With new characters and a new venue, Assassin’s Creed Unity is set to bring a quality exclusive to next-gen consoles in a big way. With a new focus on PS4, Ubisoft is faced with an opportunity to make a title that’s better than any other Assassin’s Creed before it. It’s not without its risks, but Ubisoft and Unity look to have the end product in the bag.
In the early moments of the game, Arno Victor Dorian accompanies his father Charles to a special event in Versailles, France. Sitting among the marble busts in the lit hallway, Arno’s father hands him a pocket watch and leaves him with a promise that Charles will return to him when the minute hand reaches twelve. Down the hall, a curly-haired girl enters and motions for Arno to follow her, leading to the game’s brief tutorial where players are tasked with stealing an apple from some oblivious guards. Kindled with the successful theft of the apple, Arno and the girl return to the hallway where Charles left him to find a crowd hovering over a body—Charles’ body. Arno drops his pocket watch, and the gears break, leaving the watch’s minute arm mere moments from reaching the top of the hour. The opening sequence carries into his adulthood as he keeps the broken pocket watch close to him; and the watch helps bring about the immediate future for Arno, which leads him down a path of cultural disillusion as well as hope for something greater for himself and his country. Accompanying this narrative is a Capulet and Montague comparison between the Templars and Assassins that leaves Arno and his love interest caught between their ideals and each other, inspiring a parallel with the Revolution narrative that places humanity against politics. The player, as in the last few entries, is still the subject that accesses the Animus, and the focus in Unity is clear, as the real world is only unearthed through conversations with allies running the Animus entry.
Respectfully speaking, the first few minutes can only be spent ogling at the level of detail placed into every piece of content in the game. To be fair, every other Assassin’s Creed game has had an equal amount of tender loving care placed upon it, but the yield of Unity is palpable beyond all the rest. Textures are extravagant when the medium, like golden fixtures and stain-glass, is elegant and they’re appalling when the medium, like mud or shanty streets, is run down and rugged. Ascending the flying buttresses of Notre Dame so early in the game is wonderfully blasphemous as the details of every tower, rosé, and grotesque inspire awe to the nth degree. From there, the rest of Paris is at a whim and call, and the streets are alive as the Revolution reaches the brink.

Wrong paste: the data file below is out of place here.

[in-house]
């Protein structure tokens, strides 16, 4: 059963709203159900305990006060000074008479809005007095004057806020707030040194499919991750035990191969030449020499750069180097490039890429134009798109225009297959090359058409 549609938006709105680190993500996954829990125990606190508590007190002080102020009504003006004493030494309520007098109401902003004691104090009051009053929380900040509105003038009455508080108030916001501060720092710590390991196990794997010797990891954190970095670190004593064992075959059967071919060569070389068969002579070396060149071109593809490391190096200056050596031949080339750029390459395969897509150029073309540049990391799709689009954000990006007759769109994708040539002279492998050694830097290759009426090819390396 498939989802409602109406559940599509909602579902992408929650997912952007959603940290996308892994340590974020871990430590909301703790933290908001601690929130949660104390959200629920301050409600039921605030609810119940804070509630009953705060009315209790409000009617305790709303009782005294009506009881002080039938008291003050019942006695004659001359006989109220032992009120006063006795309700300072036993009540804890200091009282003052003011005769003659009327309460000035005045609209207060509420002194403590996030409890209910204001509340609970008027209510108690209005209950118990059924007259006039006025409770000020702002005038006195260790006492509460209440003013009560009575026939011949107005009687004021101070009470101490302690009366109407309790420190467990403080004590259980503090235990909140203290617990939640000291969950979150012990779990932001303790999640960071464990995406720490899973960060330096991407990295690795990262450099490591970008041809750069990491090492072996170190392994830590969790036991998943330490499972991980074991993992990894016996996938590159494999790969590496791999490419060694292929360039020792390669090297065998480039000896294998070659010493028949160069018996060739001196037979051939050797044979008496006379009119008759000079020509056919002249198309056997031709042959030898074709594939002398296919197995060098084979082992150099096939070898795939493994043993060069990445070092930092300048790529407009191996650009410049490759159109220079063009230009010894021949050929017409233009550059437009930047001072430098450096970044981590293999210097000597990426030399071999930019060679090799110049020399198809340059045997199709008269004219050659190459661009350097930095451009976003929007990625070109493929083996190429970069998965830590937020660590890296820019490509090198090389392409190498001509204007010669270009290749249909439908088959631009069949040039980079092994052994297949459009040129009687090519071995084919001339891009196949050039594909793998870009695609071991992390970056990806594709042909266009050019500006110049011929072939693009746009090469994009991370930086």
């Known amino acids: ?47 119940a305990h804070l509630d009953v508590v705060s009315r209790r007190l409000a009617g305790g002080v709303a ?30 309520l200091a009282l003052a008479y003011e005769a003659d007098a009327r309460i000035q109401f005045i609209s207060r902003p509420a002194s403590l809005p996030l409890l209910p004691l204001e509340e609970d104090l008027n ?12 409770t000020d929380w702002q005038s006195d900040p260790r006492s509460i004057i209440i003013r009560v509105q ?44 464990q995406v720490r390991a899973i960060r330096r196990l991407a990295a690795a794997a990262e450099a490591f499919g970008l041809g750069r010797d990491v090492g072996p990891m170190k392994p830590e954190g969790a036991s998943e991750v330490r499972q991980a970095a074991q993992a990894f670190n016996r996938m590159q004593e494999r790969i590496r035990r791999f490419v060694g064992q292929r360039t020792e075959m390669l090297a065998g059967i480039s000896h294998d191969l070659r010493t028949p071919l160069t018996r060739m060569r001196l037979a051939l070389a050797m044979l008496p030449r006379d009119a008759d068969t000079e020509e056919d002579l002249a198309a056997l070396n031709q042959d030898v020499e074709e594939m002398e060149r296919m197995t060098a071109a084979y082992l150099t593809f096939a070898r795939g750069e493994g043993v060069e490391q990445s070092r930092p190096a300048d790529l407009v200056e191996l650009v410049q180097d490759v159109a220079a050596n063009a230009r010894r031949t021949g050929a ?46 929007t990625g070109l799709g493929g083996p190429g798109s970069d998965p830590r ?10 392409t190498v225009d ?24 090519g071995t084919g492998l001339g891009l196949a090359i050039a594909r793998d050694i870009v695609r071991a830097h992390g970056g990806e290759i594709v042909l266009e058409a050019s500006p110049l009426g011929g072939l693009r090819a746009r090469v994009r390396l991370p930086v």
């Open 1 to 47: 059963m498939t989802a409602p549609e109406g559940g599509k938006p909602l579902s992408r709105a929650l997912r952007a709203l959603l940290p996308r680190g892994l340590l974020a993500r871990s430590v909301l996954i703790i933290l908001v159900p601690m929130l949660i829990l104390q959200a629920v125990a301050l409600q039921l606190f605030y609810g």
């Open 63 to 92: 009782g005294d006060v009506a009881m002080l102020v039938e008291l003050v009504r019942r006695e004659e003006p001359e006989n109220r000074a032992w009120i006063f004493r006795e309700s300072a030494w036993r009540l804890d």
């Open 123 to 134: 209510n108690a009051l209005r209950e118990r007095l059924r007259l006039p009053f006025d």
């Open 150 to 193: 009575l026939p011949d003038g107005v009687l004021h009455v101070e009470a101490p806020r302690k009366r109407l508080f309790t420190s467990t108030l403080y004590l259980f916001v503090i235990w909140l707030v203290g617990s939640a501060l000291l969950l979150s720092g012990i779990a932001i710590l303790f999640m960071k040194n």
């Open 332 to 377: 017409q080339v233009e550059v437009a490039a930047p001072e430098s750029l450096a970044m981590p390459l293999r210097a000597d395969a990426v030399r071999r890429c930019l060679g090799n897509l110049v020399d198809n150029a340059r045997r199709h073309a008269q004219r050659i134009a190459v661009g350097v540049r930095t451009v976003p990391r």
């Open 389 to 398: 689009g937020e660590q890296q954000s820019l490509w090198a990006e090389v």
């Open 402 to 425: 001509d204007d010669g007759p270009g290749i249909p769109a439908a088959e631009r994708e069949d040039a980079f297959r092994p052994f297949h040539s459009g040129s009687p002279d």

Scaling buildings has been a hallmark staple to the franchise since the beginning, but Unity brings a new side to parkour that hasn’t been present: the descent. Now, Arno will elegantly descend from high ledges by simply holding Circle. New animations have been added to the entire foray, so Arno may do a spin when traversing a ledge or dropping to the ground. It’s not necessarily unfortunate, but some of the movement animation is a bit too automated in the sense that certain actions appear to take precedence over what may be intended. For example, there were times where I’d want to jump to a dock nearby, but I wasn’t directly facing it as I made my approach, so I’d either jump to something out in the water or jump into the water. Similar interactions took place on buildings with very complicated directional changes, but the worst that will come from this is the occasional failing of a secondary syncing objective during missions.
Another, more random issue was the occasional frame rate drop, but it never came from how much was happening on the screen, which at times can be a staggering amount. Instead, when directing Arno to a jump that couldn’t be made, the frame rate would simply drop to an upsetting amount but would then settle back to normal when the attempt was ended. Apart from this, the frame rate was insubstantial to the way that the game played and performed; make sure to download the 900 MB update before jumping into the game.
While all the actions listed prior are pinned to the R2 button in combination with the face buttons, the L2 button has a function of its own: passing through windows. While climbing, holding L2 sends Arno through nearby windows and into buildings. Open pathways through buildings are fairly common, but they’re not always on every block. It’s still best to climb to the top of a building to get around the quickest, but these new paths add nice spice to the navigational mix, even if the new L2 mechanics aren’t as responsive and streamlined as they could be.